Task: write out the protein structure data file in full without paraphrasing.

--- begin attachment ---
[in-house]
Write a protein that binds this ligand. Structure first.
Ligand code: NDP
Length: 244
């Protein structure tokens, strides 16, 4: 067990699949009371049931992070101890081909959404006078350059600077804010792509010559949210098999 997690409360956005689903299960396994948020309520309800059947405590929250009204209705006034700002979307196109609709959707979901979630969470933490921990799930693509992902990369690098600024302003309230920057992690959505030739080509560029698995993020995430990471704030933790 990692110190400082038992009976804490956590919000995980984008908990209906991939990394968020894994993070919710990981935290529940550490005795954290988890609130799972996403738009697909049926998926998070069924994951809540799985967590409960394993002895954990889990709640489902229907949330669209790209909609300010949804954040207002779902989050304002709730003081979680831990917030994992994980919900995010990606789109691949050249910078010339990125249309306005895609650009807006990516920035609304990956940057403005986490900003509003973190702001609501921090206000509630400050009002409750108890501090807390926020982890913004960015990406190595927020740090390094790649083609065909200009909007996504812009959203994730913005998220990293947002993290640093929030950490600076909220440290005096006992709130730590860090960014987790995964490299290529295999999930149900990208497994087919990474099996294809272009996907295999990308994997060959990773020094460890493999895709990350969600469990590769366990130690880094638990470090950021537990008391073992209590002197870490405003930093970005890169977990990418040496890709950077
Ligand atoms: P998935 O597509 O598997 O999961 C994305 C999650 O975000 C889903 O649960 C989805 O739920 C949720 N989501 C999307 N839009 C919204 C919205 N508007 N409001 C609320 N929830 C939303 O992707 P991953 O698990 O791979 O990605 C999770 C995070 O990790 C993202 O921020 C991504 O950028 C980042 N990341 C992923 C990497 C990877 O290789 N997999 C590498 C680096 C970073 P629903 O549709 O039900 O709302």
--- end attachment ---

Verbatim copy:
[in-house]
Write a protein that binds this ligand. Structure first.
Ligand code: NDP
Length: 244
């Protein structure tokens, strides 16, 4: 067990699949009371049931992070101890081909959404006078350059600077804010792509010559949210098999 997690409360956005689903299960396994948020309520309800059947405590929250009204209705006034700002979307196109609709959707979901979630969470933490921990799930693509992902990369690098600024302003309230920057992690959505030739080509560029698995993020995430990471704030933790 990692110190400082038992009976804490956590919000995980984008908990209906991939990394968020894994993070919710990981935290529940550490005795954290988890609130799972996403738009697909049926998926998070069924994951809540799985967590409960394993002895954990889990709640489902229907949330669209790209909609300010949804954040207002779902989050304002709730003081979680831990917030994992994980919900995010990606789109691949050249910078010339990125249309306005895609650009807006990516920035609304990956940057403005986490900003509003973190702001609501921090206000509630400050009002409750108890501090807390926020982890913004960015990406190595927020740090390094790649083609065909200009909007996504812009959203994730913005998220990293947002993290640093929030950490600076909220440290005096006992709130730590860090960014987790995964490299290529295999999930149900990208497994087919990474099996294809272009996907295999990308994997060959990773020094460890493999895709990350969600469990590769366990130690880094638990470090950021537990008391073992209590002197870490405003930093970005890169977990990418040496890709950077
Ligand atoms: P998935 O597509 O598997 O999961 C994305 C999650 O975000 C889903 O649960 C989805 O739920 C949720 N989501 C999307 N839009 C919204 C919205 N508007 N409001 C609320 N929830 C939303 O992707 P991953 O698990 O791979 O990605 C999770 C995070 O990790 C993202 O921020 C991504 O950028 C980042 N990341 C992923 C990497 C990877 O290789 N997999 C590498 C680096 C970073 P629903 O549709 O039900 O709302």